Tuesday, June 14, 2016

The Top 5 Ways to Create a Strong SAT Essay

No part of the new SAT has been more deeply affected by the test's redesign than the Essay. Nearly everything about the Essay has changed, from the format and length of the essay, to the scoring system and the fact that the test has been labeled "optional".

The truth is, the vast majority of colleges and universities still require the Essay to be completed to even be considered at their institutions. Therefore, it is crucial to grasp the foundational concepts behind the reconstructed Essay in order to present a your best work to the admissions board of your choosing.

1. Understand the scoring system in order to achieve a high score. 
When you take the Essay portion of the SAT, you will receive three scores:
  • Reading: How well you demonstrated your understanding of the passage
  • Analysis: How well you analyzed the passage and carried out the task of explaining how the author builds their argument to persuade an audience 
  • Writing: How skillfully you crafted your response 
Therefore, it is important to ensure that you read the passage thoroughly and for comprehensive understanding of the text, can confidently analyze the passage provided, and have the writing skills to produce an essay that flows well, with precise vocabulary and correct grammar.

2. Reading 

The new SAT Essay asks students to respond to a passage. Close reading is required in order to sift through the text for fact, statistics, quotations, research, and examples. However, students must be able to identify these elements and weigh their importance according to the structure of the passage, as well as reflect on how and why the author has utilized them. Has the author made any appeals to the audience's fears or sense of honor? Be on the look out for ways that the author has tried to influence the readers' opinions.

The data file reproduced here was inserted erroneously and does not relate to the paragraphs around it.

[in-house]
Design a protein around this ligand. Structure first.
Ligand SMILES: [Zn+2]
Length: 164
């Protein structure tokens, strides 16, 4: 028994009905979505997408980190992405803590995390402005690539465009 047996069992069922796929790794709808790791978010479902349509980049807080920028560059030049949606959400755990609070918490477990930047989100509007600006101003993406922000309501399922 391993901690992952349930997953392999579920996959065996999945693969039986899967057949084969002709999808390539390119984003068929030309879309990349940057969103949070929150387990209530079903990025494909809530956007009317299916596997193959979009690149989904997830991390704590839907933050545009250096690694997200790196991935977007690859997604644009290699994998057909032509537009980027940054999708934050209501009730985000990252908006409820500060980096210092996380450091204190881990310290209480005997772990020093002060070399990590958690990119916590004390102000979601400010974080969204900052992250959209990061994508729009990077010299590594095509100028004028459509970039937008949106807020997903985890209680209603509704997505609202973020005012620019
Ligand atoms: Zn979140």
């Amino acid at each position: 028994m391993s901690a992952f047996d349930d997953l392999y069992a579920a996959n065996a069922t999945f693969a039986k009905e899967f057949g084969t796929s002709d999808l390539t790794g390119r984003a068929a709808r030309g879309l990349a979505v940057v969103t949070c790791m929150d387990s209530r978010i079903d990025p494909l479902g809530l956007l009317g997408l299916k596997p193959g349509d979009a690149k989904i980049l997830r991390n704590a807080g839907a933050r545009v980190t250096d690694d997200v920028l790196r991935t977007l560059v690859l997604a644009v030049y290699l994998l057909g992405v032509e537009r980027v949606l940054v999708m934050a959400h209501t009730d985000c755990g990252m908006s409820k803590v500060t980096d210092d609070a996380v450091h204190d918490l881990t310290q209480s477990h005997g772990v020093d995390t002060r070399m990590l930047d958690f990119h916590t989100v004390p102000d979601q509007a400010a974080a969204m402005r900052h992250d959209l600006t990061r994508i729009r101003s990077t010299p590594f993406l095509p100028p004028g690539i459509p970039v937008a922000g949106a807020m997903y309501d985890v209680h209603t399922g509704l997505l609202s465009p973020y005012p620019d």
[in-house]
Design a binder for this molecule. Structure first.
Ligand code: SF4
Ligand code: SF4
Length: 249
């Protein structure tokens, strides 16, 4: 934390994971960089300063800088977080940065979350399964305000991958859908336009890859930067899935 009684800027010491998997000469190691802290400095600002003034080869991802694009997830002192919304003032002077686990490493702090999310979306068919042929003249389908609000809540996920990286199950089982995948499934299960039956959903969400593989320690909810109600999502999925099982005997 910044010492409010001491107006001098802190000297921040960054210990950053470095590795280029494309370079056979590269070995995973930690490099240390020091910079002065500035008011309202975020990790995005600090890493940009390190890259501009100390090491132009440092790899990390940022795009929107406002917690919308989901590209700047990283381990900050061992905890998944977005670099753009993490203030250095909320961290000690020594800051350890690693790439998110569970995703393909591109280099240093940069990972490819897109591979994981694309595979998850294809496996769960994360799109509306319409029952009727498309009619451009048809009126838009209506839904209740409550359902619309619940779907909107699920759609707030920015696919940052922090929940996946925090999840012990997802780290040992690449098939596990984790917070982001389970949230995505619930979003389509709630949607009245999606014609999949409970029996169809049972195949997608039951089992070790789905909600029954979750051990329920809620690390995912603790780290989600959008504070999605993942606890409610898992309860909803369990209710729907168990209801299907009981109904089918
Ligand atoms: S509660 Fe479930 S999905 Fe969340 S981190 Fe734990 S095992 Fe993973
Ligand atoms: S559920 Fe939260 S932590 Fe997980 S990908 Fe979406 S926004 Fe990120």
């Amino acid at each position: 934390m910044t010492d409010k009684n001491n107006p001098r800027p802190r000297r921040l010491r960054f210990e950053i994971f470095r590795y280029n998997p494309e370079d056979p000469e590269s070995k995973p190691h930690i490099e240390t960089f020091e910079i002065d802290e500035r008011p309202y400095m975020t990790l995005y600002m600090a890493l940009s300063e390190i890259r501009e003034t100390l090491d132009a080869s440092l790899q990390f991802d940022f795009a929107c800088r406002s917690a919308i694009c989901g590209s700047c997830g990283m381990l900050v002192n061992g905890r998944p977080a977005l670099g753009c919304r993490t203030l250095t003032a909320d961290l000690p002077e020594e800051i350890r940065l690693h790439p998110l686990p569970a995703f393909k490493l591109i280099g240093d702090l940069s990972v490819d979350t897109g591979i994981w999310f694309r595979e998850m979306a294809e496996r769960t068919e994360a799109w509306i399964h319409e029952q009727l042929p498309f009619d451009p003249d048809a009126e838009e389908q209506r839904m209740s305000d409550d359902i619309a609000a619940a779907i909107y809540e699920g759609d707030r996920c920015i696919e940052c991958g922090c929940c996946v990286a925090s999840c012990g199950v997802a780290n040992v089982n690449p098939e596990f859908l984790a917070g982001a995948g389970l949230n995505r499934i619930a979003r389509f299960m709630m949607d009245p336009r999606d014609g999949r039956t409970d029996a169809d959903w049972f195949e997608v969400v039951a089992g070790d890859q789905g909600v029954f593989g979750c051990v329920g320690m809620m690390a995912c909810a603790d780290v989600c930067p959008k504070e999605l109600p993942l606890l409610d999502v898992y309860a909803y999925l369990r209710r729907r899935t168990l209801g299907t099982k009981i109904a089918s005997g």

3. Your main focus is to analyze an argument.   
The new SAT Essay asks you to analyze the provided passage in order to explain how the author builds their argument to persuade an audience. This is a very different task than the one asked for in the previous Essay. The piece presented  on the test will be in the form of a lengthy argumentative passage, however, you will not be asked to take a stance on the issue presented in the passage. In fact, if all you do is express your own opinions on the issue presented in the passage, you will not receive a strong score on the test's Analysis dimension. Again, the support you provide for your analysis should come from using extensive textual evidence to create your response to the question of how the author builds their argument in the passage to persuade their audience.

4. Writing (style, fluency, grammar, strong vocabulary, etc.)

One part of the SAT Essay that hasn't changed is the fact that your writing will be scrutinized for the basics. Learn your own writing weaknesses and how to curb them. Practice formal tone and structure, and brush up on sophisticated punctuation. One good rule is to always use one semi-colon and one short, dramatic sentence in your introduction.

5. Take the test more than once.

Take the test, get your scores, and reflect on how you can improve. After your test has been evaluated, you will get a detailed breakdown of your scores. Summarize your strengths and weaknesses. Keep practicing the timed essay portion, and get feedback from teachers, friends, and mentors. You should practice this type of self-analysis in all areas of the test!

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